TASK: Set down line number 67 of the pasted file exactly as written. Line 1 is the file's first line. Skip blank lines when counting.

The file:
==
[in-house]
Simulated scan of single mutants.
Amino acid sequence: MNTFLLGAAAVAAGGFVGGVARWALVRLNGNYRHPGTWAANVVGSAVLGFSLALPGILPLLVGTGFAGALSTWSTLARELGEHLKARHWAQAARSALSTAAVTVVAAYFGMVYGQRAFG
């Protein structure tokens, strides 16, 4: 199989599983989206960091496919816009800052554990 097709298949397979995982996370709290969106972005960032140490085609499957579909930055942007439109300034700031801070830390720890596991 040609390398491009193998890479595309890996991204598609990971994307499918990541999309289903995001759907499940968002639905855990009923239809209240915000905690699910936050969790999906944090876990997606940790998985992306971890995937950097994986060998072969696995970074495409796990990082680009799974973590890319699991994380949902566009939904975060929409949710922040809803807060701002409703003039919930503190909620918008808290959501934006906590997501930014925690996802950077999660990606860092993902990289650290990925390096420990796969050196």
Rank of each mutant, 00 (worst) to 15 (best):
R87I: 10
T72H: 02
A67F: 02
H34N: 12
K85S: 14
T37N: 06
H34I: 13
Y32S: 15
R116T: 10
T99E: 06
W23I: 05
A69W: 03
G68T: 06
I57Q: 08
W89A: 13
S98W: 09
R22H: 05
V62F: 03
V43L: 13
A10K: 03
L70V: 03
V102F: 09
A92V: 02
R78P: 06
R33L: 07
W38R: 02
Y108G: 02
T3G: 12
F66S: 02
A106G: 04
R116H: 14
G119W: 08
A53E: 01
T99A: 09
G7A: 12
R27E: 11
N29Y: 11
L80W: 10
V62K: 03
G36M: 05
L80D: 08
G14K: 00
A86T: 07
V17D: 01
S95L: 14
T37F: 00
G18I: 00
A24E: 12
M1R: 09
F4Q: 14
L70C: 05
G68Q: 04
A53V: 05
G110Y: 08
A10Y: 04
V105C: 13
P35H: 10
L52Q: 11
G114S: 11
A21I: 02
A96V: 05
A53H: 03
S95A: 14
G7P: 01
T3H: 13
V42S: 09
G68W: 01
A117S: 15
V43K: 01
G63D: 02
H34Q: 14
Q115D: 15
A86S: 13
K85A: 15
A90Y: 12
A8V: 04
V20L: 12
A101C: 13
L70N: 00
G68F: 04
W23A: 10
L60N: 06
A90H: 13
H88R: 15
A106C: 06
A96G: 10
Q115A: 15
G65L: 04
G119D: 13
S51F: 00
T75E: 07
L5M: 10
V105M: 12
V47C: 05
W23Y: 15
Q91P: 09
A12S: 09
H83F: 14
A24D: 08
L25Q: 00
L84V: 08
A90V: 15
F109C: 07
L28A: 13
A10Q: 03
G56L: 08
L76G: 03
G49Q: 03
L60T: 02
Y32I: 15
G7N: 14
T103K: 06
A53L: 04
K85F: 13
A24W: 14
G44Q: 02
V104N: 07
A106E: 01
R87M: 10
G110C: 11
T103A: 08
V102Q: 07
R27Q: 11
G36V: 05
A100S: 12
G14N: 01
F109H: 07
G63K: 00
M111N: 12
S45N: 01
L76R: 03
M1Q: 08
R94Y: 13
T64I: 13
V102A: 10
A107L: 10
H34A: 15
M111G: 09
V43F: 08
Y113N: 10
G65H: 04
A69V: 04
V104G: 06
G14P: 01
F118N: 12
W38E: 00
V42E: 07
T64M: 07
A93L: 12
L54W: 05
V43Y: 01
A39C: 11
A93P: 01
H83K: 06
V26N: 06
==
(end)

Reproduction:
A53H: 03